This year’s MSR reverses the recent trend of receipts coming in well below projections due to the economic downturn that began in 2000 and the attacks of September 11, 2001. As an example, the MSR released last year showed that receipts had fallen $80 billion below the levels projected in the FY 2004 Budget. In contrast, this year’s MSR estimates receipts at $76 billion above their February projected level. In view of the broad-based and sustained economic recovery that we have seen over the last year, it appears that federal revenues are very likely to continue their strong growth in fiscal 2004 and 2005 and perhaps well beyond.

In addition to reflecting changes in receipts estimates, this Mid-Session Review also includes several changes in our outlay projections. In Social Security, for example, higher cost of living adjustments related to slight increases in projected inflation add $59 billion to our 5-year estimates. Similarly for Medicare, the HHS actuaries have increased their estimates for the 5-year cost of the entire Medicare program by $67 billion.

Although our budget picture has improved significantly since the release of the President’s Budget in February, today’s deficits remain unwelcome. These deficits are due to an extraordinary confluence of adversity: the stock market downturn that began in 2000, and the subsequent recession that the President inherited as he took office; the terrorist attacks on America, and subsequent spending for homeland security and the War on Terror; and the crisis in confidence produced by corporate scandals years in the making.

The most relevant perspective on the deficit is in relation to the size of the Nation’s economy. By that measure today’s deficit, although unwelcome, is well within historical range. A deficit that is 3.8 percent of GDP, as we now project for this year, would be smaller than the deficits in nine of the last 25 years, and far below the peak deficit figure of 6 percent of GDP reached in 1983. This deficit is also in line with what other industrialized nations are facing today. The U.S. deficit matches the average deficit within the OECD, and is below the levels of France, Germany, and Japan.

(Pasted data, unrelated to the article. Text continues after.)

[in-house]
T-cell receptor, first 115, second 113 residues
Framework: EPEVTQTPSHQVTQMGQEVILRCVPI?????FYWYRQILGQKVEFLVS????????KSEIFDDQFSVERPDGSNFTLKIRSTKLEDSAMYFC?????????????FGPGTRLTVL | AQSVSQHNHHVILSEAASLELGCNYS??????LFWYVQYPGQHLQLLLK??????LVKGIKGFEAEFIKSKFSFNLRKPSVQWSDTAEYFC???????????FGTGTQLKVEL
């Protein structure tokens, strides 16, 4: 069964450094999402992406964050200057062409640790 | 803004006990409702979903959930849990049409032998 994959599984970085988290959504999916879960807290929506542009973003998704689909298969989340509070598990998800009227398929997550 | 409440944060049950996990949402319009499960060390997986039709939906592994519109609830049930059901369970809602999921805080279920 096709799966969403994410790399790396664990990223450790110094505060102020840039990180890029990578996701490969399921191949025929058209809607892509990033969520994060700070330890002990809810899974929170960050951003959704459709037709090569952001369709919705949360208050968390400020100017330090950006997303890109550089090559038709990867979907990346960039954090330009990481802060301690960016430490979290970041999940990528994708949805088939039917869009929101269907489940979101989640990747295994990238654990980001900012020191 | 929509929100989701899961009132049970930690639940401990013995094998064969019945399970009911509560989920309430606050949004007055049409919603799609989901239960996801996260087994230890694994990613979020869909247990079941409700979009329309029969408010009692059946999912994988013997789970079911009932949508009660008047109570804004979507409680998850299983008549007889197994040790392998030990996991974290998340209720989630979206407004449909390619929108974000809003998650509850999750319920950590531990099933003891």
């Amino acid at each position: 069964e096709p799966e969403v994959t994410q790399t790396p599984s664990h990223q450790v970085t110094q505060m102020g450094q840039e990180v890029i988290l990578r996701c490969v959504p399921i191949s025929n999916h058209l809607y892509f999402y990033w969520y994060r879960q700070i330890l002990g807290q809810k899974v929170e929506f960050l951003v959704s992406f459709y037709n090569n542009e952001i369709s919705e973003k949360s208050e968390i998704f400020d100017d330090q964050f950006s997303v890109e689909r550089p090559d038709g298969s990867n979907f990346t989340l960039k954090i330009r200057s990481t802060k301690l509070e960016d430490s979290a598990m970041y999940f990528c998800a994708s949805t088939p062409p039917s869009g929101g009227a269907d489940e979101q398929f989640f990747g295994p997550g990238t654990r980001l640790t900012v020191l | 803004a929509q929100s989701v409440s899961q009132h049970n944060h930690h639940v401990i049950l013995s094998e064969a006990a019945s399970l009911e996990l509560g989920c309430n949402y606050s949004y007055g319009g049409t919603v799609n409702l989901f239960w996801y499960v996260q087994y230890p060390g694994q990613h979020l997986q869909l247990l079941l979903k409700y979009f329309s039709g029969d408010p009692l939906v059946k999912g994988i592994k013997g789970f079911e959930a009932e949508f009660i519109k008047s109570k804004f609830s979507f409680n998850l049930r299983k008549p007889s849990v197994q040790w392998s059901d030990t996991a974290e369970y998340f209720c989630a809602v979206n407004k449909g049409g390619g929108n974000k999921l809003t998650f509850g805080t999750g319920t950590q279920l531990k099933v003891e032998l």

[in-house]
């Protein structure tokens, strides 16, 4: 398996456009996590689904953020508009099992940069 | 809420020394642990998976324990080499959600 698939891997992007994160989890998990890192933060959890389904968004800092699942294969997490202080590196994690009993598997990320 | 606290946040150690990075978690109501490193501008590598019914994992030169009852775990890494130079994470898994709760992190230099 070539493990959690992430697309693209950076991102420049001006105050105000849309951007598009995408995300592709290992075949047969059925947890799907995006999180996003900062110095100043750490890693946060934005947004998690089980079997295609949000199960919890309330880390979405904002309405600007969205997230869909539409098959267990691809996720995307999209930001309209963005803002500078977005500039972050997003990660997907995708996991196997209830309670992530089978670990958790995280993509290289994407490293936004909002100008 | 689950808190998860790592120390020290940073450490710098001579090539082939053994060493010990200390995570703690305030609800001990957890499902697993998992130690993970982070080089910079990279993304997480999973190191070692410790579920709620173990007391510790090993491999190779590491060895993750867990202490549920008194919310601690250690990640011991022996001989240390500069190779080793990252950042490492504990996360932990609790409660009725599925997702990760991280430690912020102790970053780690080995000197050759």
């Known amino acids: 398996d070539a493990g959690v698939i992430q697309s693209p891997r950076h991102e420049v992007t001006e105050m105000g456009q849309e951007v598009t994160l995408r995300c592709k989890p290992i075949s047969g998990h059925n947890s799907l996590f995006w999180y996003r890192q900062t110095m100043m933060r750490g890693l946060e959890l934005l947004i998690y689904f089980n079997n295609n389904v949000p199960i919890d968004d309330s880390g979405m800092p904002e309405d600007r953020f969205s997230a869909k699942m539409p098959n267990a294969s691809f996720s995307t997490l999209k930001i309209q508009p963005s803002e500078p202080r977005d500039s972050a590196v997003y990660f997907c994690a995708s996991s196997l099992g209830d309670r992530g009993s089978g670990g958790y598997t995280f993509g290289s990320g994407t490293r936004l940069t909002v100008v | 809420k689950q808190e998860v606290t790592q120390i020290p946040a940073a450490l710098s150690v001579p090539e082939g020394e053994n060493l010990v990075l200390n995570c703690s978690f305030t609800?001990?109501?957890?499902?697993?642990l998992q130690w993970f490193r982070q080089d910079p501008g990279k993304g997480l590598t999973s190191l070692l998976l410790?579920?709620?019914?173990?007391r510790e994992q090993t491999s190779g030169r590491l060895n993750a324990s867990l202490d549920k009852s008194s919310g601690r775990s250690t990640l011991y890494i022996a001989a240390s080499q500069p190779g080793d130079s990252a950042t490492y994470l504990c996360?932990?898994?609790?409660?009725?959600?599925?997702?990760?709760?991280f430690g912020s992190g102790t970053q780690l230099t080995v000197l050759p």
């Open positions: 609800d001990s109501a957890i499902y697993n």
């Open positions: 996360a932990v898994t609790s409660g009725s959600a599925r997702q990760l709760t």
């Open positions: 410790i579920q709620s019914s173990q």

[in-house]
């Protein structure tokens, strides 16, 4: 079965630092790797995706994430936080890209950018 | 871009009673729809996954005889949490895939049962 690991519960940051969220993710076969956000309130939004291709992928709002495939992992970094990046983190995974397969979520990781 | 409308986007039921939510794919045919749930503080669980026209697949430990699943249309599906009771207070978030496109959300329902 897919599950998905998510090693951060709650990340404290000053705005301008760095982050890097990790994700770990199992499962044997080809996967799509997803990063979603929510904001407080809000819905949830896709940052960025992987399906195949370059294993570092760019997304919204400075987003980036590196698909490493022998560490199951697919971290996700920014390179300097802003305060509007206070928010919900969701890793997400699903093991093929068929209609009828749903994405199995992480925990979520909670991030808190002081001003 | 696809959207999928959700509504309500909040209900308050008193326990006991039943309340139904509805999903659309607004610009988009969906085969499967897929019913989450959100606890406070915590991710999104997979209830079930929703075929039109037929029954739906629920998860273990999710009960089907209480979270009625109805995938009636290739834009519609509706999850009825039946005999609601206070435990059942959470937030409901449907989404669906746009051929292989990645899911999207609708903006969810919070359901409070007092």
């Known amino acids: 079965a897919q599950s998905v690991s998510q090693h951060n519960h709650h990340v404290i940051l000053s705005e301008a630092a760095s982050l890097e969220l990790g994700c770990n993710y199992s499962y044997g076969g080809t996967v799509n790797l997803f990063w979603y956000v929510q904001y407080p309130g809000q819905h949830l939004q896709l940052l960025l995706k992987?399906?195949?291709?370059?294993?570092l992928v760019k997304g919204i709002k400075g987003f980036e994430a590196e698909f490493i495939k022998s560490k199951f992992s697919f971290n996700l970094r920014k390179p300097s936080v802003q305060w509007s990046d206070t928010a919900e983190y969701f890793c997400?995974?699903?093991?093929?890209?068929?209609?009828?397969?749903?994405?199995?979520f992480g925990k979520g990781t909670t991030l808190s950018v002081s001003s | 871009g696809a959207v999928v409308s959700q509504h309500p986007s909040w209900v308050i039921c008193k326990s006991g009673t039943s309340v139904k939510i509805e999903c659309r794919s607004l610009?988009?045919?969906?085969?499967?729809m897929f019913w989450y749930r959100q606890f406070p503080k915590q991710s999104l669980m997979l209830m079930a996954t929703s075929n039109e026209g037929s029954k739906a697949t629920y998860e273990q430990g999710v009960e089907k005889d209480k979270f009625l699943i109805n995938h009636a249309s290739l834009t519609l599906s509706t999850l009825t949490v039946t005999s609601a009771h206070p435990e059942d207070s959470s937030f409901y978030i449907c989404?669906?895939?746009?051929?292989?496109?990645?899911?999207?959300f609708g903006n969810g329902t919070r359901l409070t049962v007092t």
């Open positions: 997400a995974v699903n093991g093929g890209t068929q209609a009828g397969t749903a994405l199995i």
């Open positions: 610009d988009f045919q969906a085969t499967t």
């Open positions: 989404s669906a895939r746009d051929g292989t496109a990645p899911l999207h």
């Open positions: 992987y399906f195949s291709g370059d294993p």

Much more importantly, because of the ongoing effects of the President’s pro-growth economic policies, the deficit is headed strongly in the right direction, and improving faster than we anticipated just six months ago. Next year’s projected deficit, at 2.7 percent of GDP, would be smaller than those in 14 of the last 25 years.

And, with the continuation of the President’s policies on spending discipline and economic growth, the federal deficit will fall to 1.5 percent of the nation’s economic output in 2009, well below the 2.2 percent average deficit of the last 40 years -- and two-thirds smaller than the peak projected 2004 deficit of 4.5 percent of GDP.

The events that brought us into deficit are not completely behind us. The war on terror goes on. The recession has long passed, but some industries and workers are still affected. The President remains committed to fighting the war on terror to its successful conclusion, and to continuing strong policies that promote investment, jobs, and growth in every region of the country and in every sector of our economy. The President’s Budget reflects those priorities.


What today’s report demonstrates is that if we sustain the path the President has set for us—the path of pro-growth economic policies and spending restraint--we can meet our nation’s priorities and cut the deficit more than in half within five years.

I’d be pleased to take your questions.